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A MOMtrepreneur is using Dance Therapy to help Kids cope with the Pandemic



Lately, Black Women have been killing the scene in various fields such as music, arts, entrepreneurship, media, and communications. In honor of Women’s History Month, I had the pleasure of speaking with Grace Johnson, a MOMtrepreneur, and Owner of Neema Dance Collective, a women-led and operated dance studio located in Temple Hills, MD. Neema Dance Collective provides students from 18 months to adulthood with professional-level dance techniques and quality performance skills. 

Although we are still in the midst of a pandemic, Grace’s priority has been using dance as an opportunity to provide stability and normality for her students while increasing the number of Black classically trained dancers in the area. Neema Dance Collective utilizes confidence-boosting techniques and emotional support tactics while providing representation in the dance industry 

Within 4 years, Neema Dance Collective has been able to send students to some of the top dance programs in the US ranging from the Duke Ellington School for the Arts Baltimore School for the Arts, The Alvin Ailey School Summer Intensive, Debbie Allen Dance Academy Summer Intensive, The  Washington Ballet, and Maryland Youth Ballet just to name a few. Students have also been placed in movies such as “The Christmas Lottery” on BET, Debbie Allen’s chocolate nutcracker on Netflix, and several other entertainment ads.  We had a chance to sit down with Grace and learned more about her dance company, Neema Dance Collective.

Q: How long have you been an instructor and what styles of dance do you teach?

Grace: I’ve been an instructor for almost 20 years. I teach ballet, pointe, jazz, and contemporary dance styles.

Q: When did you decide to make dance your professional career?

Grace: I decided in High School that I wanted to pursue a dance education so that I can teach private lessons part-time while attending college. I’ve been a dance teacher since age 14 at Summer Youth programs and different studios. After college, I decided to teach private lessons and opened my own studio from there.

Q: Despite the ongoing COVID-19 pandemic, how are you using dance to provide peace and normality for children at Neema Dance Collective?

Grace: Dance has and will always be a way to freely express emotion and or tell a story. When my dancers enter the studio they feel an immediate stress relief from controlled environments like school and home. The studio provides community and connection to other dancers. The students look forward to their weekly scheduled dance classes where they’re practicing technique or a recital routine and you can see their eyes light up when their favorite song to dance to is coming on.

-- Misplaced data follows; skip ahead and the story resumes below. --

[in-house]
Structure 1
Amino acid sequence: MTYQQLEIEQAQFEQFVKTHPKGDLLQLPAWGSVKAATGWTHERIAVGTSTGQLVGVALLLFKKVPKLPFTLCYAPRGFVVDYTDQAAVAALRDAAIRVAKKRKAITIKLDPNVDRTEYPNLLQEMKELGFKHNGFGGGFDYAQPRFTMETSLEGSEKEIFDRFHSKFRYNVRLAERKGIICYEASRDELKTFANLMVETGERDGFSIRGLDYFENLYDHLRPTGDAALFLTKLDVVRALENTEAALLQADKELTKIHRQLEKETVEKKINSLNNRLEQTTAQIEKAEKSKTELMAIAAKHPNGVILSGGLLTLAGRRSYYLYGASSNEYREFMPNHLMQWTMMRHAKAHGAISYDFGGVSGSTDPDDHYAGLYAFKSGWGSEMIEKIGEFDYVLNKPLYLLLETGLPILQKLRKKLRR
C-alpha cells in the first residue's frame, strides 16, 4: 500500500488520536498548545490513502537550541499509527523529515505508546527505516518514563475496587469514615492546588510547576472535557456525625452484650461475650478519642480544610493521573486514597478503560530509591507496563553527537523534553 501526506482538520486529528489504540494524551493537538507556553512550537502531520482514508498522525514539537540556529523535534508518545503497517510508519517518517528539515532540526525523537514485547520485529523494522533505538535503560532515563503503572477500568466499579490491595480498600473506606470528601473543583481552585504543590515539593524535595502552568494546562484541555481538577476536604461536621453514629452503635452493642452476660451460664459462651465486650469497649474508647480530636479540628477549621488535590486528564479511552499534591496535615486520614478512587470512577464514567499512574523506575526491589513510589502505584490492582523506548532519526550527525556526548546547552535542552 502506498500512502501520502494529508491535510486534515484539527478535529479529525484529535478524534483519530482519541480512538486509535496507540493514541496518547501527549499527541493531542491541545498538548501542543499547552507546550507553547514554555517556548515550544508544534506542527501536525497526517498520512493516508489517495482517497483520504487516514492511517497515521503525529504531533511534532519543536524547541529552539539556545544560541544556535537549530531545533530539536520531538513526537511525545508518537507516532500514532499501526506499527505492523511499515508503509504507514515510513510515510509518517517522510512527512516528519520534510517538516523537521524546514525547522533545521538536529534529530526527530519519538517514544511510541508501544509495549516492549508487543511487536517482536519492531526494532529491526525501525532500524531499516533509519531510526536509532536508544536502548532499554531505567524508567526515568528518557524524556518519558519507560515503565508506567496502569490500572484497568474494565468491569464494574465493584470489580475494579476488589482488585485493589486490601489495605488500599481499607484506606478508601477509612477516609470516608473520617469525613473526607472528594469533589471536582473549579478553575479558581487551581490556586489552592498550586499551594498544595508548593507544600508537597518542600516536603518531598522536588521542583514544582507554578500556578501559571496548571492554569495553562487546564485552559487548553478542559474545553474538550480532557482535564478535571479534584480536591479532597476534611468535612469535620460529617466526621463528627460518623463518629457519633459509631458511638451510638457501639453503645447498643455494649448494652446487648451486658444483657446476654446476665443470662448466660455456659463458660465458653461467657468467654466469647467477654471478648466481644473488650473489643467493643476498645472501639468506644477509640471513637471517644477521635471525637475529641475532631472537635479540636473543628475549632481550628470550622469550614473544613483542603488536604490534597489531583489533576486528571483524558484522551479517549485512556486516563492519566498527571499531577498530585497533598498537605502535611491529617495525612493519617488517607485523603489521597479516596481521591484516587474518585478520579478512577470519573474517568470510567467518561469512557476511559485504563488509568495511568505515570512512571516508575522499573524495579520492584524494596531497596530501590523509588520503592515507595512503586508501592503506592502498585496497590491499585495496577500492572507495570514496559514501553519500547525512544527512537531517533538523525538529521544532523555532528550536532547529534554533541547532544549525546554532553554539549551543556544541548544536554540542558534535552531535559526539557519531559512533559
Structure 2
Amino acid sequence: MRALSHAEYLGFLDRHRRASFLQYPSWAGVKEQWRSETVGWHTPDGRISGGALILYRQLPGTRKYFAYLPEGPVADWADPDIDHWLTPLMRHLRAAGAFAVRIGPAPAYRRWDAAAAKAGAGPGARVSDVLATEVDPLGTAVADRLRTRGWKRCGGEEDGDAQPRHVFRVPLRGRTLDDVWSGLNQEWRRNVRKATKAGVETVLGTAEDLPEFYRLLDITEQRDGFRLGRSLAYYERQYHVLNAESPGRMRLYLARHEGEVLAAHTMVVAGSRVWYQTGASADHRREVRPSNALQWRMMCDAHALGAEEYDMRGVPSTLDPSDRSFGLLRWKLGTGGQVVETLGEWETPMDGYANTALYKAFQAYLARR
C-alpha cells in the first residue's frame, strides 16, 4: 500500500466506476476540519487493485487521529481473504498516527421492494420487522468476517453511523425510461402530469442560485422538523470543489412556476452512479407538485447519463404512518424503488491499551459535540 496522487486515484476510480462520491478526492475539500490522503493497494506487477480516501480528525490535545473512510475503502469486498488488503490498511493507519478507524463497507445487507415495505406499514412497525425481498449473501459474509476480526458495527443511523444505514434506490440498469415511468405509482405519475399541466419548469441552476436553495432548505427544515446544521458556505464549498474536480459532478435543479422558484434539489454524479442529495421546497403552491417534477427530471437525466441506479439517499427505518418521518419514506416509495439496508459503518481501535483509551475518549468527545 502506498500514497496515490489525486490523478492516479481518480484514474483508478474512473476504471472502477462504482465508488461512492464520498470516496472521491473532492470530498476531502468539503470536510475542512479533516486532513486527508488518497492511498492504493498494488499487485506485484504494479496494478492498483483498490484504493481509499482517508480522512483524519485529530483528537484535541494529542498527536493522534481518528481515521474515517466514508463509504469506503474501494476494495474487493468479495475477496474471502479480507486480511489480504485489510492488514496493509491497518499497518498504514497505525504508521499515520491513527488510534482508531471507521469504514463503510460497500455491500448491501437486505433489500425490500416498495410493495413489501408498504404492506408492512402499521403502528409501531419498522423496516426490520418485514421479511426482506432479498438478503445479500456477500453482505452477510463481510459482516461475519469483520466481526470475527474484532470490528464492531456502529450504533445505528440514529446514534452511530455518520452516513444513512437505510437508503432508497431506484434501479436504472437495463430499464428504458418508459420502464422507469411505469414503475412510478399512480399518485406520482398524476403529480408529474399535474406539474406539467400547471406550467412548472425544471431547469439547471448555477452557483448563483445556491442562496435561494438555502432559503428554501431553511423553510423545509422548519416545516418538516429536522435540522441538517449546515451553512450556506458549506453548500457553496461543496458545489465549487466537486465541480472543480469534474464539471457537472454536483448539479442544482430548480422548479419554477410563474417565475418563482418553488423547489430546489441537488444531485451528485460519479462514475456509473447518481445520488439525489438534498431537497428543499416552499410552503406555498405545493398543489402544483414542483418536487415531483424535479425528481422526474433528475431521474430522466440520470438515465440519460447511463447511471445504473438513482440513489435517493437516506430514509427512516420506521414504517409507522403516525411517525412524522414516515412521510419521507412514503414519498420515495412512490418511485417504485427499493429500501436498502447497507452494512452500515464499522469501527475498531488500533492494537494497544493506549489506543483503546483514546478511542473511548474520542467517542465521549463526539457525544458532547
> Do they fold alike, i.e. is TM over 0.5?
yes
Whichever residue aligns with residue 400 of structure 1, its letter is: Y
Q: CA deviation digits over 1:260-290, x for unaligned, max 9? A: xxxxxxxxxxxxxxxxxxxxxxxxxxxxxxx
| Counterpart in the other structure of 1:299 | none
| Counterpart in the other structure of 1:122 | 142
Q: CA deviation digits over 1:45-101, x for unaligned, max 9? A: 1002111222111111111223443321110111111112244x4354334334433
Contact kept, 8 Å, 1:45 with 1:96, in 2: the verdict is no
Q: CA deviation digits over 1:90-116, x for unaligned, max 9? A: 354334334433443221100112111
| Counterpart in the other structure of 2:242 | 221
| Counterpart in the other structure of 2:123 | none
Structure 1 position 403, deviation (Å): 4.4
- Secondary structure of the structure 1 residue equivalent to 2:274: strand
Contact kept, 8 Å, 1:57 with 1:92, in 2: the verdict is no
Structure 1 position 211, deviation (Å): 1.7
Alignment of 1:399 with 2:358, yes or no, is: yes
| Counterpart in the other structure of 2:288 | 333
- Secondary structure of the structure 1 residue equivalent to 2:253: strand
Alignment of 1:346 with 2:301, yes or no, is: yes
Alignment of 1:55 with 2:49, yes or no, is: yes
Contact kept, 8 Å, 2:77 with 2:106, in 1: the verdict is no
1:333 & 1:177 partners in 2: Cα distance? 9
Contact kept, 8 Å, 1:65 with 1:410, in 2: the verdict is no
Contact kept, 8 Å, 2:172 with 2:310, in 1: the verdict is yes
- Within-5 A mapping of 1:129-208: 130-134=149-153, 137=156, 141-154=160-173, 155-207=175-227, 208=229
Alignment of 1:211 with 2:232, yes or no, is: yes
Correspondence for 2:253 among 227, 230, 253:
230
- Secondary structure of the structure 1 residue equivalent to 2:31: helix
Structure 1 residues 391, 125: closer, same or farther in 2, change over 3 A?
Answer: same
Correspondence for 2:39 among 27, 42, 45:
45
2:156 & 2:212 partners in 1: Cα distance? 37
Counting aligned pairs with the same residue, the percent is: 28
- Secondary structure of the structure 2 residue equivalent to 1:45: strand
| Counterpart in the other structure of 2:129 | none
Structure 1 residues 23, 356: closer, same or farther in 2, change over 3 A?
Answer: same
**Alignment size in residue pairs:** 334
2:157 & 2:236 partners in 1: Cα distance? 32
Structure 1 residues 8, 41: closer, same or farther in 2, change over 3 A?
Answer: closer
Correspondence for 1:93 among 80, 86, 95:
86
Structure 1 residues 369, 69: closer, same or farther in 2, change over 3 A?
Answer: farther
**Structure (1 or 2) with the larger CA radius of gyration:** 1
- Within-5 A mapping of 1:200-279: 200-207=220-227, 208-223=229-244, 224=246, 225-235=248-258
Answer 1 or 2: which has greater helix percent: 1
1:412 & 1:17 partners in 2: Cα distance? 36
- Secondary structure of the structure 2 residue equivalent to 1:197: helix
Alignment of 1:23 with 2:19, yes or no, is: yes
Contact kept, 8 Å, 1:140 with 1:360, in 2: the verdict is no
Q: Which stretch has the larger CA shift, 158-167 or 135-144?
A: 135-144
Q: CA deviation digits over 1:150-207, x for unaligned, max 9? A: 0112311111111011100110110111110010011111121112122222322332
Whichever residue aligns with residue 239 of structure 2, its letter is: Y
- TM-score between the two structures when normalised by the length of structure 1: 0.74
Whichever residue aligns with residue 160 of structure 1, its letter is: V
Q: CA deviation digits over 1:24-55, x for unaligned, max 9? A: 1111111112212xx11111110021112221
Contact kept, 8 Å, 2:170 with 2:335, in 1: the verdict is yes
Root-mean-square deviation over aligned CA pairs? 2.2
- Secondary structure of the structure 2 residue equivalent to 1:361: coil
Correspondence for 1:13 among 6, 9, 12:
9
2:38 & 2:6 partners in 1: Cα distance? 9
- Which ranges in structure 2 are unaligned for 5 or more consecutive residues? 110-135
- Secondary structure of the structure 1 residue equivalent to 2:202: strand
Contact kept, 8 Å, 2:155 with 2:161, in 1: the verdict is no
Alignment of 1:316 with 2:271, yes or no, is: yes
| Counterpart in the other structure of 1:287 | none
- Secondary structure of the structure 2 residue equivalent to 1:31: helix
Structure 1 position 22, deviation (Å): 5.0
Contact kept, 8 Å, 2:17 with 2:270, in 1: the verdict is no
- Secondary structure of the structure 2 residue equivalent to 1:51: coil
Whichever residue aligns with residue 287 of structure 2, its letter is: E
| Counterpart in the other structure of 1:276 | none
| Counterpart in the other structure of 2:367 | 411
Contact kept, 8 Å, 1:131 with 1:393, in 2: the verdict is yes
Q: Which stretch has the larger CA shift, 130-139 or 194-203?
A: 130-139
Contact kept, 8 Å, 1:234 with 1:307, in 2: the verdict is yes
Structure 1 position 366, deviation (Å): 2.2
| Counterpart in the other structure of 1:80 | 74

Q: Can you speak on the importance of Diversity and Inclusion within the dance industry?

Grace: Yes. It is so important that rising artists know and see professional dancers and instructors that look like them. We surely belong on stages and platforms that weren’t open to minority participation but we have and can continue to build our own platforms just for black and brown children.
Many of my students know that their dream of owning a studio can absolutely come true because they see me working each time they walk into the studio. They know that they can be professional dancers because their own dance instructors come from dance performance companies. They know that we can produce dance excellence in many different dance styles as they’ve seen on television and on stage.

Q: What is dance therapy and how do you utilize it among your students?

Grace: Dance therapy is the use of movement to improve health and well-being for any individual. To have children able to freely express themselves through movement is an indescribable body release. We call it “get your wiggles out” for our little ones or a “Freestyle circle” for our older dancers; moments in class where we just put music on and let them go for it. Other strength and flexibility techniques can be used to relieve stress from the body in the same way a good massage or yoga class would.

Q: How do you balance motherhood and entrepreneurship?

Grace: I stick to a strict schedule as best as I can when it comes to spending time with my girls. We carve out time for homework, weekend activities, hair/nails, etc. I’ve raised them to receive the business as another sibling. They help me take care of it and watch it grow in the same way they would a new baby. They’re able to assist in a lot of ways and they really enjoy being my little helpers!

Q: Advice and words of encouragement for other mompreneurs?

Grace: My advice would be to stick to the plan and take help that is offered. When you make plans with your children stick to them as much as possible. Keep your calendar handy, set alarms on important events, and automate your business as much as possible. Keep your village involved and lean on them and your business team when you need to. Carve out time for you to relax by yourself because a happy and healthy mom is the best thing we can give our babies!


To learn more information about Neema Dance Collective please visit their website

Abu Sillah is Business Owner from Prince George's County, MD. He serves as the CEO of The DMV Daily and Marketing Manager of The Wig Cafe. Outside of business and media, Abu is a middle school teacher and Promotions Assistant for RadioOne DC. He has a B.A. in Sociology from the University of Maryland Eastern Shore and an M.A. from Bowie State University. Abu is very passionate about 3 things: media, working with kids and uplifting others,

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